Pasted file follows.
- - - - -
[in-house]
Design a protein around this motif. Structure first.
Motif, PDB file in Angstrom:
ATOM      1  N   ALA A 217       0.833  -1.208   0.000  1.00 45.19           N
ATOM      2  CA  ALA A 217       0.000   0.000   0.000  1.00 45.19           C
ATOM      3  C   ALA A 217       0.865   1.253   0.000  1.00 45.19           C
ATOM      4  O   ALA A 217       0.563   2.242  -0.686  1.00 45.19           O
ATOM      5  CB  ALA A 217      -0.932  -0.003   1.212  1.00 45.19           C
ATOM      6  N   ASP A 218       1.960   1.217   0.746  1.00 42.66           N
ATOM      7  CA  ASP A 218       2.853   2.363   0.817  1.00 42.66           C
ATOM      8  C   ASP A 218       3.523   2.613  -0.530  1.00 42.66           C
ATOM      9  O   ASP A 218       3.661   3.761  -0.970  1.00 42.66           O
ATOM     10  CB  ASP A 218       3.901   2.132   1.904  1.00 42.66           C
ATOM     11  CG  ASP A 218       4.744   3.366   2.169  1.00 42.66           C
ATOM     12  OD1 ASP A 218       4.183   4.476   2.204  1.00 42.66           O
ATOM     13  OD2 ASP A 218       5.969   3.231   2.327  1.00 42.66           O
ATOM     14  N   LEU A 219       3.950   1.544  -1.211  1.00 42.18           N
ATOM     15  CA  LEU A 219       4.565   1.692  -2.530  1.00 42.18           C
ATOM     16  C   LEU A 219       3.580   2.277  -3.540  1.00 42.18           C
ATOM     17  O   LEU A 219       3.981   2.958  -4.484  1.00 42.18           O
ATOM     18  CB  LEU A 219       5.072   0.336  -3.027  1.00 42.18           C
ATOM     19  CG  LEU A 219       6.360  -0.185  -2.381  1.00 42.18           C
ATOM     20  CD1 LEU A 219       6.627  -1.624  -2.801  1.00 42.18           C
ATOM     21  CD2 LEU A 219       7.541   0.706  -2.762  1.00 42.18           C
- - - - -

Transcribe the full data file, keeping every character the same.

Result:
[in-house]
Design a protein around this motif. Structure first.
Motif, PDB file in Angstrom:
ATOM      1  N   ALA A 217       0.833  -1.208   0.000  1.00 45.19           N
ATOM      2  CA  ALA A 217       0.000   0.000   0.000  1.00 45.19           C
ATOM      3  C   ALA A 217       0.865   1.253   0.000  1.00 45.19           C
ATOM      4  O   ALA A 217       0.563   2.242  -0.686  1.00 45.19           O
ATOM      5  CB  ALA A 217      -0.932  -0.003   1.212  1.00 45.19           C
ATOM      6  N   ASP A 218       1.960   1.217   0.746  1.00 42.66           N
ATOM      7  CA  ASP A 218       2.853   2.363   0.817  1.00 42.66           C
ATOM      8  C   ASP A 218       3.523   2.613  -0.530  1.00 42.66           C
ATOM      9  O   ASP A 218       3.661   3.761  -0.970  1.00 42.66           O
ATOM     10  CB  ASP A 218       3.901   2.132   1.904  1.00 42.66           C
ATOM     11  CG  ASP A 218       4.744   3.366   2.169  1.00 42.66           C
ATOM     12  OD1 ASP A 218       4.183   4.476   2.204  1.00 42.66           O
ATOM     13  OD2 ASP A 218       5.969   3.231   2.327  1.00 42.66           O
ATOM     14  N   LEU A 219       3.950   1.544  -1.211  1.00 42.18           N
ATOM     15  CA  LEU A 219       4.565   1.692  -2.530  1.00 42.18           C
ATOM     16  C   LEU A 219       3.580   2.277  -3.540  1.00 42.18           C
ATOM     17  O   LEU A 219       3.981   2.958  -4.484  1.00 42.18           O
ATOM     18  CB  LEU A 219       5.072   0.336  -3.027  1.00 42.18           C
ATOM     19  CG  LEU A 219       6.360  -0.185  -2.381  1.00 42.18           C
ATOM     20  CD1 LEU A 219       6.627  -1.624  -2.801  1.00 42.18           C
ATOM     21  CD2 LEU A 219       7.541   0.706  -2.762  1.00 42.18           C